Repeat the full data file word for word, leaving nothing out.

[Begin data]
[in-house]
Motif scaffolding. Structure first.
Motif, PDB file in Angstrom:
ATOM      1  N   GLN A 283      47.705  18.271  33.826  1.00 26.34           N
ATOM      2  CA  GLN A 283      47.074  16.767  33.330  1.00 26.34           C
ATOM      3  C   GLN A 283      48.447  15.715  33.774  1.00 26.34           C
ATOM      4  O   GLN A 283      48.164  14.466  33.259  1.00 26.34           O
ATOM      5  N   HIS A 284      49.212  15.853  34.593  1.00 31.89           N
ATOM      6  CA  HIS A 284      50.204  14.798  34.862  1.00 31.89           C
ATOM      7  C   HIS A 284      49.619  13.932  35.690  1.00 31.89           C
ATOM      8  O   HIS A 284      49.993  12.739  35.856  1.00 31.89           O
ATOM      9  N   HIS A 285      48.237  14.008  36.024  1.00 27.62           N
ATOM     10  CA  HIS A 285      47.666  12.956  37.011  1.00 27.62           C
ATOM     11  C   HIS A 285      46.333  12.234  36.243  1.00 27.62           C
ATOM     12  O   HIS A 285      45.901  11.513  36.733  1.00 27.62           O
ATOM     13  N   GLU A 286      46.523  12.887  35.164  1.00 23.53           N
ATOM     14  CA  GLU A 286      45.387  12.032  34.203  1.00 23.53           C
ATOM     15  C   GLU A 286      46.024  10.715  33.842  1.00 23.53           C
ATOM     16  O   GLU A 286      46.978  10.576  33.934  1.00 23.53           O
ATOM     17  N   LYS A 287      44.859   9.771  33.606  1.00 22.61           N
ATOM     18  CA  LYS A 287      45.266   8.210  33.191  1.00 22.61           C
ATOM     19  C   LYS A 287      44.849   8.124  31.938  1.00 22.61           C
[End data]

[in-house]
Motif scaffolding. Structure first.
Motif, PDB file in Angstrom:
ATOM      1  N   GLN A 283      47.705  18.271  33.826  1.00 26.34           N
ATOM      2  CA  GLN A 283      47.074  16.767  33.330  1.00 26.34           C
ATOM      3  C   GLN A 283      48.447  15.715  33.774  1.00 26.34           C
ATOM      4  O   GLN A 283      48.164  14.466  33.259  1.00 26.34           O
ATOM      5  N   HIS A 284      49.212  15.853  34.593  1.00 31.89           N
ATOM      6  CA  HIS A 284      50.204  14.798  34.862  1.00 31.89           C
ATOM      7  C   HIS A 284      49.619  13.932  35.690  1.00 31.89           C
ATOM      8  O   HIS A 284      49.993  12.739  35.856  1.00 31.89           O
ATOM      9  N   HIS A 285      48.237  14.008  36.024  1.00 27.62           N
ATOM     10  CA  HIS A 285      47.666  12.956  37.011  1.00 27.62           C
ATOM     11  C   HIS A 285      46.333  12.234  36.243  1.00 27.62           C
ATOM     12  O   HIS A 285      45.901  11.513  36.733  1.00 27.62           O
ATOM     13  N   GLU A 286      46.523  12.887  35.164  1.00 23.53           N
ATOM     14  CA  GLU A 286      45.387  12.032  34.203  1.00 23.53           C
ATOM     15  C   GLU A 286      46.024  10.715  33.842  1.00 23.53           C
ATOM     16  O   GLU A 286      46.978  10.576  33.934  1.00 23.53           O
ATOM     17  N   LYS A 287      44.859   9.771  33.606  1.00 22.61           N
ATOM     18  CA  LYS A 287      45.266   8.210  33.191  1.00 22.61           C
ATOM     19  C   LYS A 287      44.849   8.124  31.938  1.00 22.61           C